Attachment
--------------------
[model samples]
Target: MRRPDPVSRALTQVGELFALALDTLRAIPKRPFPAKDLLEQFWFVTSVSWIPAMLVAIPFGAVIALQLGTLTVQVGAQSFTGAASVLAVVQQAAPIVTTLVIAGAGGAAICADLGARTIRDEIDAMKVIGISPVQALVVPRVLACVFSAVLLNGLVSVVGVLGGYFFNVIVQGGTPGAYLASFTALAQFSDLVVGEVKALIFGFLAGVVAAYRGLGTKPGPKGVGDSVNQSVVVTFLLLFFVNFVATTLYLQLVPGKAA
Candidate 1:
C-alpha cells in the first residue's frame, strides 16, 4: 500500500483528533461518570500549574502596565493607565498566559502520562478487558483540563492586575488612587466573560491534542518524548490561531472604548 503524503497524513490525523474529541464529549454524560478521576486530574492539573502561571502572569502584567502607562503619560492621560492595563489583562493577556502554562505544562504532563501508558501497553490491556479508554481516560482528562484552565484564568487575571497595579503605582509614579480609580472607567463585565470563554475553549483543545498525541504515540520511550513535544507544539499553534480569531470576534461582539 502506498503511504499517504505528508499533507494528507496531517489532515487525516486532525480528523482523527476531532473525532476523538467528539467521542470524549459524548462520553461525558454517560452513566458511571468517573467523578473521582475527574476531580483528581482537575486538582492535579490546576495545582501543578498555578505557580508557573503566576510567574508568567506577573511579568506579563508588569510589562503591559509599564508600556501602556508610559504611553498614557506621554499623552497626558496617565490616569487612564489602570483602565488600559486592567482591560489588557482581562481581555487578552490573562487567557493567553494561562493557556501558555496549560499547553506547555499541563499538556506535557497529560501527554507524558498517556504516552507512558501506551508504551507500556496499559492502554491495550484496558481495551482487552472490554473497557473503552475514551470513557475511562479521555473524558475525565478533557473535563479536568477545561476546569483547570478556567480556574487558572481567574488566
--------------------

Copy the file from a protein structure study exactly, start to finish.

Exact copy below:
[model samples]
Target: MRRPDPVSRALTQVGELFALALDTLRAIPKRPFPAKDLLEQFWFVTSVSWIPAMLVAIPFGAVIALQLGTLTVQVGAQSFTGAASVLAVVQQAAPIVTTLVIAGAGGAAICADLGARTIRDEIDAMKVIGISPVQALVVPRVLACVFSAVLLNGLVSVVGVLGGYFFNVIVQGGTPGAYLASFTALAQFSDLVVGEVKALIFGFLAGVVAAYRGLGTKPGPKGVGDSVNQSVVVTFLLLFFVNFVATTLYLQLVPGKAA
Candidate 1:
C-alpha cells in the first residue's frame, strides 16, 4: 500500500483528533461518570500549574502596565493607565498566559502520562478487558483540563492586575488612587466573560491534542518524548490561531472604548 503524503497524513490525523474529541464529549454524560478521576486530574492539573502561571502572569502584567502607562503619560492621560492595563489583562493577556502554562505544562504532563501508558501497553490491556479508554481516560482528562484552565484564568487575571497595579503605582509614579480609580472607567463585565470563554475553549483543545498525541504515540520511550513535544507544539499553534480569531470576534461582539 502506498503511504499517504505528508499533507494528507496531517489532515487525516486532525480528523482523527476531532473525532476523538467528539467521542470524549459524548462520553461525558454517560452513566458511571468517573467523578473521582475527574476531580483528581482537575486538582492535579490546576495545582501543578498555578505557580508557573503566576510567574508568567506577573511579568506579563508588569510589562503591559509599564508600556501602556508610559504611553498614557506621554499623552497626558496617565490616569487612564489602570483602565488600559486592567482591560489588557482581562481581555487578552490573562487567557493567553494561562493557556501558555496549560499547553506547555499541563499538556506535557497529560501527554507524558498517556504516552507512558501506551508504551507500556496499559492502554491495550484496558481495551482487552472490554473497557473503552475514551470513557475511562479521555473524558475525565478533557473535563479536568477545561476546569483547570478556567480556574487558572481567574488566